Published on Friday, May 8, 2009 by The Guardian/UK
If the UN fails to further investigate crimes committed during the conflict it will ensure stalemate, and more suffering for civilians
The Israeli government and its supporters have lashed out at the report of the UN board of inquiry  into Israeli attacks on UN installations during
The full report has not been published, but there's little in the summary that UN secretary general Ban Ki-moon sent to the security council on Tuesday to support such claims. On the contrary, it provides careful but compelling evidence that Israeli Defence Forces (IDF) violated the laws of war during their military operations around UN installations in
According to the summary, the board of inquiry concluded that "IDF actions involved varying degrees of negligence and recklessness with regard to United Nations premises and the safety of United Nations staff and other civilians within those premises, with consequent deaths, injuries and extensive physical damage and loss of property". The board also holds "Hamas or another Palestinian actor" responsible for one attack on a UN installation - a World Food Progamme warehouse hit by a Qassam rocket.
The terms of reference of the UN inquiry were extremely narrow. Its job was to look at attacks on eight UN installations and one UN convoy during the period of
However, the conclusions of the inquiry, as represented in the summary (which, it should be noted, was not written by those who wrote the full report), raise broader questions about the use of force by the IDF during the conflict. It appears the authors of the UN report felt these questions should not be ducked. The summary notes that the board of inquiry was "deeply conscious" that the attacks on UN installations investigated in its report "are among many incidents during Operation Cast Lead involving civilian victims".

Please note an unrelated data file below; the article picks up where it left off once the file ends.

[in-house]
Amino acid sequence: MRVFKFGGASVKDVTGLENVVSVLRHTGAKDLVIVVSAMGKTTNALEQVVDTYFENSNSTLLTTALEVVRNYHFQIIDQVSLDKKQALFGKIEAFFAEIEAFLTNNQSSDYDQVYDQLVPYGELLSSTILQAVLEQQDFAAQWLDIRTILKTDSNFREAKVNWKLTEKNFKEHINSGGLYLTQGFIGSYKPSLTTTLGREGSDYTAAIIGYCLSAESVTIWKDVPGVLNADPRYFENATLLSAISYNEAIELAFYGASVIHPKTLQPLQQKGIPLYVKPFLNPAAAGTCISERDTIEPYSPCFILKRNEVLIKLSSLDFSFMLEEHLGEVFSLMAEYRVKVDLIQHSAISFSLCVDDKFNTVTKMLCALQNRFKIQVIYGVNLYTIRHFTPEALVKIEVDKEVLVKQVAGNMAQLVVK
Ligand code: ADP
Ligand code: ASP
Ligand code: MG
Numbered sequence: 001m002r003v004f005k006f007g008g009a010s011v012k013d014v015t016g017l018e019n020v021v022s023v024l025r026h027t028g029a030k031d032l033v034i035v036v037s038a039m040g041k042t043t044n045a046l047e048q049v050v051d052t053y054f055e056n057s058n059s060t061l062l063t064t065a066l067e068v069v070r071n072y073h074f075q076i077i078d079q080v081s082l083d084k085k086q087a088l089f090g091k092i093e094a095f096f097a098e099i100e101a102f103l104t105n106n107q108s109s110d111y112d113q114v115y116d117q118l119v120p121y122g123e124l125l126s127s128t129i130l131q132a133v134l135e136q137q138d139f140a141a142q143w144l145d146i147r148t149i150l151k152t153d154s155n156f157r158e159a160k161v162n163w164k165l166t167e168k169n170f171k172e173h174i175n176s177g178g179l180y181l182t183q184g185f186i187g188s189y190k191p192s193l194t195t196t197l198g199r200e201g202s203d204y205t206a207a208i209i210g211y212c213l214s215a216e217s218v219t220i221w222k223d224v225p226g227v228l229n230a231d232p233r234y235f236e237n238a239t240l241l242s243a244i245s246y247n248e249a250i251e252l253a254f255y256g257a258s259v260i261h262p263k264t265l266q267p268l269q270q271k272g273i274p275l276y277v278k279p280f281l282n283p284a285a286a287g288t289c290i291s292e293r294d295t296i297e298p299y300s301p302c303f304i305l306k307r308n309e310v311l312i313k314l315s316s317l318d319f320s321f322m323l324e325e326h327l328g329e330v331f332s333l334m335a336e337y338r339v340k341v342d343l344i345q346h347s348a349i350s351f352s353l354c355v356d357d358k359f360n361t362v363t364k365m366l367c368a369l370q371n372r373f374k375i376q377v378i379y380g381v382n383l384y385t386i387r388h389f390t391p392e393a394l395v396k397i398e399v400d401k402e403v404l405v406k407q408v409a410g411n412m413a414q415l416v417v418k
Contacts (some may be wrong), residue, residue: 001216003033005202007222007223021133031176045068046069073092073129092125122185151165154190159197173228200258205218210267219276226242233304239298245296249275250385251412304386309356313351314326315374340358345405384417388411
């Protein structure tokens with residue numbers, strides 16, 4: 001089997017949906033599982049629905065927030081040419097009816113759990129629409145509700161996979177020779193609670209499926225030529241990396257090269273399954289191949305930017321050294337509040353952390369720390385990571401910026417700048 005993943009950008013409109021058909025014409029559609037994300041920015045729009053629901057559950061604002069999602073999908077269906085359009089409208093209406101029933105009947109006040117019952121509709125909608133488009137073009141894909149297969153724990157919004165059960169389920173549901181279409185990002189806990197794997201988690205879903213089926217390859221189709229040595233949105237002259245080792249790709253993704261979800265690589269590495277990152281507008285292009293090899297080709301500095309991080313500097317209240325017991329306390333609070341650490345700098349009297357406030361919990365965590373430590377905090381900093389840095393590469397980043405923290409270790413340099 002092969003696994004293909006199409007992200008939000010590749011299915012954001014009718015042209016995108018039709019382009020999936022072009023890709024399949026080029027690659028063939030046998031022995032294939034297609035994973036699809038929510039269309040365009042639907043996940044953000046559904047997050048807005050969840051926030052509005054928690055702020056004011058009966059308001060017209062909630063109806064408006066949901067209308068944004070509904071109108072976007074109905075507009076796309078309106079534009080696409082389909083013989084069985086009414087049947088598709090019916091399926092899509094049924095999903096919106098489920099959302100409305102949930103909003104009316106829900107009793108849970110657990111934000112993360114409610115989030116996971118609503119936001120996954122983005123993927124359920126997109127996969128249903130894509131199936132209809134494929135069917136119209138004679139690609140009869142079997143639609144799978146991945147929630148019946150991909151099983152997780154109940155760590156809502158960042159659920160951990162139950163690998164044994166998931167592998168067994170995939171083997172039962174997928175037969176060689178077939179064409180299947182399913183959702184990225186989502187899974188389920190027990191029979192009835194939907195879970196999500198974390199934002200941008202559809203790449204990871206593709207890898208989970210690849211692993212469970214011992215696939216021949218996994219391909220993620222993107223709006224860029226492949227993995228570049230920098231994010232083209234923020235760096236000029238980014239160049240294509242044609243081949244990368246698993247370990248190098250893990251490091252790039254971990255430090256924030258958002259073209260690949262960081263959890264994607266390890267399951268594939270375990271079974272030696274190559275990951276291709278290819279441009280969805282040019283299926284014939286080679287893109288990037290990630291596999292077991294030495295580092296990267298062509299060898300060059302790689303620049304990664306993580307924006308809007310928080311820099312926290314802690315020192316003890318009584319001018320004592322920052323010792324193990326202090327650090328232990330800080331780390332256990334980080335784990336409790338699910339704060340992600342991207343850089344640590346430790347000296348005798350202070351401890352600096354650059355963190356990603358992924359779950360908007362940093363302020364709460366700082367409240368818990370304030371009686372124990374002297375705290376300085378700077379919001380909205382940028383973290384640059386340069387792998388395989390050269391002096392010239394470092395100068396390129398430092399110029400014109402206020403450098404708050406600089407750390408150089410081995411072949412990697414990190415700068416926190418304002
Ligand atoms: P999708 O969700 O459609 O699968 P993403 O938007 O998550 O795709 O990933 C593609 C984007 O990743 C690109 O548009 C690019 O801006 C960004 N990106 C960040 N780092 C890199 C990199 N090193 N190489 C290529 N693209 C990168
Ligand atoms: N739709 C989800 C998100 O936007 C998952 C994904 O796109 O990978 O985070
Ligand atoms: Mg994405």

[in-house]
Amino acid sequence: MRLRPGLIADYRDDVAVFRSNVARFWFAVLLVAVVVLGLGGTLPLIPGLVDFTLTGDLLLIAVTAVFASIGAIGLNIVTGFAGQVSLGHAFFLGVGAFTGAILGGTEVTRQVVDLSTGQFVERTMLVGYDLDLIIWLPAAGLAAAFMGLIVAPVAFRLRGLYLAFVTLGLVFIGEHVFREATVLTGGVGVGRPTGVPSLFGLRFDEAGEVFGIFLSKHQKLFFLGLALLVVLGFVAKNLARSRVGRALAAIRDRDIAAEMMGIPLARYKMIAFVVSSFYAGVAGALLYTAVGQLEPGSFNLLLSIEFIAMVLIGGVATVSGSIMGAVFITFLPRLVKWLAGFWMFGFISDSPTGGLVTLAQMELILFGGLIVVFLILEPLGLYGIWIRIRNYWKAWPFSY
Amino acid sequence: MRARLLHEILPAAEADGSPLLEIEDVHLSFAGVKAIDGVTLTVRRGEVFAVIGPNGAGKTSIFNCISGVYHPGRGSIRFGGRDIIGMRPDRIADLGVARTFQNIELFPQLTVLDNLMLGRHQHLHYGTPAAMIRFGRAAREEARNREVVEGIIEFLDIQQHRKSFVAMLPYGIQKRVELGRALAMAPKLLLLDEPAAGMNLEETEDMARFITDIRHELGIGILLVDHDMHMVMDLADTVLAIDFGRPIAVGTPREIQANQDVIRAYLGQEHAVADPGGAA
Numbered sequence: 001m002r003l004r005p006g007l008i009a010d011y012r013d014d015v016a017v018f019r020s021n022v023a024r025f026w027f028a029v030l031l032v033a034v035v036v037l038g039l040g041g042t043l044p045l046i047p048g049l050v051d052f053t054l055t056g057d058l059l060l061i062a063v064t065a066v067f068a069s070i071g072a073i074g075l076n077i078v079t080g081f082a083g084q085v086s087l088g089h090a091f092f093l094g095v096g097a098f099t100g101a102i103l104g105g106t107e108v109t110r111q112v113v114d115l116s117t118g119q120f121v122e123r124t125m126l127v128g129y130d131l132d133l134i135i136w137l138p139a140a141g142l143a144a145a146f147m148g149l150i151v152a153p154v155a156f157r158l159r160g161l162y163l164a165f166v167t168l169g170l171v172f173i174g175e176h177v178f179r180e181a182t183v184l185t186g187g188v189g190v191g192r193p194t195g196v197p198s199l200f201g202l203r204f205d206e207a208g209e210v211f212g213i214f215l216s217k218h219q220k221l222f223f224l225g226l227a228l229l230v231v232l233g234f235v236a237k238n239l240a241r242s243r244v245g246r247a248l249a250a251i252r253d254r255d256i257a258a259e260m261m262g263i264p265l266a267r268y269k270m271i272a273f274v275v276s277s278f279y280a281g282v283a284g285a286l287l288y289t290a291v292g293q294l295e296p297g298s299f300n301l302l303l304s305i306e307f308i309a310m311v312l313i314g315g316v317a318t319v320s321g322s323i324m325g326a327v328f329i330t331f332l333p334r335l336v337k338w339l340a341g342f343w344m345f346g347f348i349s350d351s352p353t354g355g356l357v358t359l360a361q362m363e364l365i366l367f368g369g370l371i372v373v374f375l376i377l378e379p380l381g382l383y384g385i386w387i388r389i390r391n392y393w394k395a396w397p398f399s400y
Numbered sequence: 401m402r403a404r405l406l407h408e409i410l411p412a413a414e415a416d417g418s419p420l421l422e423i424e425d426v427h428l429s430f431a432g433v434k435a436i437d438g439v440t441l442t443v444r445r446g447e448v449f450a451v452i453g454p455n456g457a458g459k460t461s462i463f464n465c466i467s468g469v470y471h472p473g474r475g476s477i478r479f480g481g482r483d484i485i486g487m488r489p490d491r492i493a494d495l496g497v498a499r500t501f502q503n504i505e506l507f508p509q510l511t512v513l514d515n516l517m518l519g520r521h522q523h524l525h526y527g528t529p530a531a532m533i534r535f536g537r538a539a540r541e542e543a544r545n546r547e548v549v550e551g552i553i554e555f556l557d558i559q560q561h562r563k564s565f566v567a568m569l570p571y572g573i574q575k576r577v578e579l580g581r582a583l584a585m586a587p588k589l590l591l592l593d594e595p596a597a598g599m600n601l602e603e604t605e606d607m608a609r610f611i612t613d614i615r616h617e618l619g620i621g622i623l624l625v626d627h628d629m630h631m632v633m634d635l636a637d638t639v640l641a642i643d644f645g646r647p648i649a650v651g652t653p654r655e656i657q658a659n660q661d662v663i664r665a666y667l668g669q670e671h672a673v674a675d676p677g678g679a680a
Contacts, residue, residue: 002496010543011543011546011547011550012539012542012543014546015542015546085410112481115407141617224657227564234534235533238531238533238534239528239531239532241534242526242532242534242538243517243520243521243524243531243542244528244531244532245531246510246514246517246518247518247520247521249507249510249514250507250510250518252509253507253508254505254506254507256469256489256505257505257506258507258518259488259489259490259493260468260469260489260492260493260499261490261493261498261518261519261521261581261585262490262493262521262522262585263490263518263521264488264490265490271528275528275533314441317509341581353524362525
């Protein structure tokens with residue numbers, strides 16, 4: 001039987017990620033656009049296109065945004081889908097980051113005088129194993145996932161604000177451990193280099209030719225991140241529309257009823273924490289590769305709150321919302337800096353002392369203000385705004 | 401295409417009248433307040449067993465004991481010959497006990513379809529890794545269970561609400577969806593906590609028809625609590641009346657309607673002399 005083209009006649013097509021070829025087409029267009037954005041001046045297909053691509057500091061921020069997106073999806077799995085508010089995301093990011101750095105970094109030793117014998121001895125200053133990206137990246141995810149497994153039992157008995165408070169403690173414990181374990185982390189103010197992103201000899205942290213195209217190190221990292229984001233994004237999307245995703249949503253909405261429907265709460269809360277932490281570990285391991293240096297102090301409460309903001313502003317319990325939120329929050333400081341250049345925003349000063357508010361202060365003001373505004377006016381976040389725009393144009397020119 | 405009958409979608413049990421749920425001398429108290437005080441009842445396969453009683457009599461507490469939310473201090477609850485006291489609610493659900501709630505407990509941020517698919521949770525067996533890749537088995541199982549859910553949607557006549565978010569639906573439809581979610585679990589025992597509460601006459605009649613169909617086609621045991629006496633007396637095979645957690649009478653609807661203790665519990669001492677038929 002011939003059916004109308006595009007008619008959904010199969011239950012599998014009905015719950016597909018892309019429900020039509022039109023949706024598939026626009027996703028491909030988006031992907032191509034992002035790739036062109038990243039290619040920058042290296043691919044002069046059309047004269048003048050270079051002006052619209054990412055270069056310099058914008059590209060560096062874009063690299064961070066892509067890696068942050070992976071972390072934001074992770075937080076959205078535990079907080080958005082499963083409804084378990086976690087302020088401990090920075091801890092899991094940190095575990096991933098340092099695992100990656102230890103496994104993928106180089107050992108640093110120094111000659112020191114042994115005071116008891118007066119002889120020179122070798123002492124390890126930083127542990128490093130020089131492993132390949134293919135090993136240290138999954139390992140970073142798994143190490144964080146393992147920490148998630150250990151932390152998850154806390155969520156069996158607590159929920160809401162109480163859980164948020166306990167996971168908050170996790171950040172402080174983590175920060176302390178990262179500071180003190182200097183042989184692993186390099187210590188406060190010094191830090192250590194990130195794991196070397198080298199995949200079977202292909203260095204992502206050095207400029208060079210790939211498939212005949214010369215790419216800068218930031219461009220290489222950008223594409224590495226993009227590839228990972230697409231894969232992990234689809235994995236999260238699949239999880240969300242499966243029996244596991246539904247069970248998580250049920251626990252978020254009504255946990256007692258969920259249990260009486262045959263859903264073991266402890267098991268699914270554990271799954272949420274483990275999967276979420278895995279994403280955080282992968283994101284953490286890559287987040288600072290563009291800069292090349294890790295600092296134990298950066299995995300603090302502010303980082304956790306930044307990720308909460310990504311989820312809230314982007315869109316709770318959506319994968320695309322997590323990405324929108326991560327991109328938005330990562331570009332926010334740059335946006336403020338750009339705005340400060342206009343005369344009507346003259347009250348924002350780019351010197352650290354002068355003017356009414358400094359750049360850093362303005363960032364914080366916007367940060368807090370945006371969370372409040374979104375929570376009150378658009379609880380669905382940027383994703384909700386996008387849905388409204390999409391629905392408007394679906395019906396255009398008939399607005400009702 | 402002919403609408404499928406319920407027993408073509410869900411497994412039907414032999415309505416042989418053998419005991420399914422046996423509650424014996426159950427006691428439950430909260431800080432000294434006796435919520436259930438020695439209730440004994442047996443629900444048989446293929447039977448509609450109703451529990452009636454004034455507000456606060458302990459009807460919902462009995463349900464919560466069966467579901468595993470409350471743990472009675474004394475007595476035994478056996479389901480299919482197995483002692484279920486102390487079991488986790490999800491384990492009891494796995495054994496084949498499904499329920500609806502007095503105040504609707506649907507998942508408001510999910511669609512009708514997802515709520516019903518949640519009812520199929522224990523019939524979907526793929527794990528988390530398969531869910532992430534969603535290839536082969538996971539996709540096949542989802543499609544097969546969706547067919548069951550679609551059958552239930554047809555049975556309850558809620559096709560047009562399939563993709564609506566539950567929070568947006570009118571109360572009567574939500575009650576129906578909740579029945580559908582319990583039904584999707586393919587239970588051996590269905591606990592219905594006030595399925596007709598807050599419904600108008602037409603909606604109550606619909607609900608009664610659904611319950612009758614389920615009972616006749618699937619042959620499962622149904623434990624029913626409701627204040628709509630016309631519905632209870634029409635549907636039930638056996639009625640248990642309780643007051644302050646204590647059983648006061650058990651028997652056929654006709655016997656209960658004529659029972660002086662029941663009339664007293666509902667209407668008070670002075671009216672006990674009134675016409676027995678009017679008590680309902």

The board therefore recommended that "these incidents should be investigated as part of an impartial inquiry, mandated and adequately resourced, to investigate violations of international humanitarian law in
But in his letter to the security council presenting his summary, secretary general Ban Ki-moon says bluntly: "I do not plan any further inquiry." Whether under pressure from external sources - as reported in the Israeli media - or not, the secretary general has thus rejected his own board of inquiry's most important recommendation even before the security council has had time to discuss it.
Indeed Ban could not even bring himself to put his weight behind an inquiry that has already been mandated by the UN human rights council to investigate broader laws of war violations in the
So what happens now? The media and human rights organisations like Human Rights Watch have already documented serious violations  of the laws of war by both sides in the conflict in
Justice Goldstone's inquiry (which has been accepted by Hamas but rejected by
There is a wide perception, backed up by strong evidence, that serious laws of war violations were committed in
© 2009 Guardian News and Media Limited
Tom Porteous is the
Donations can be sent to the
"The master class has always declared the wars; the subject class has always fought the battles. The master class has had all to gain and nothing to lose, while the subject class has had nothing to gain and everything to lose--especially their lives." Eugene Victor Debs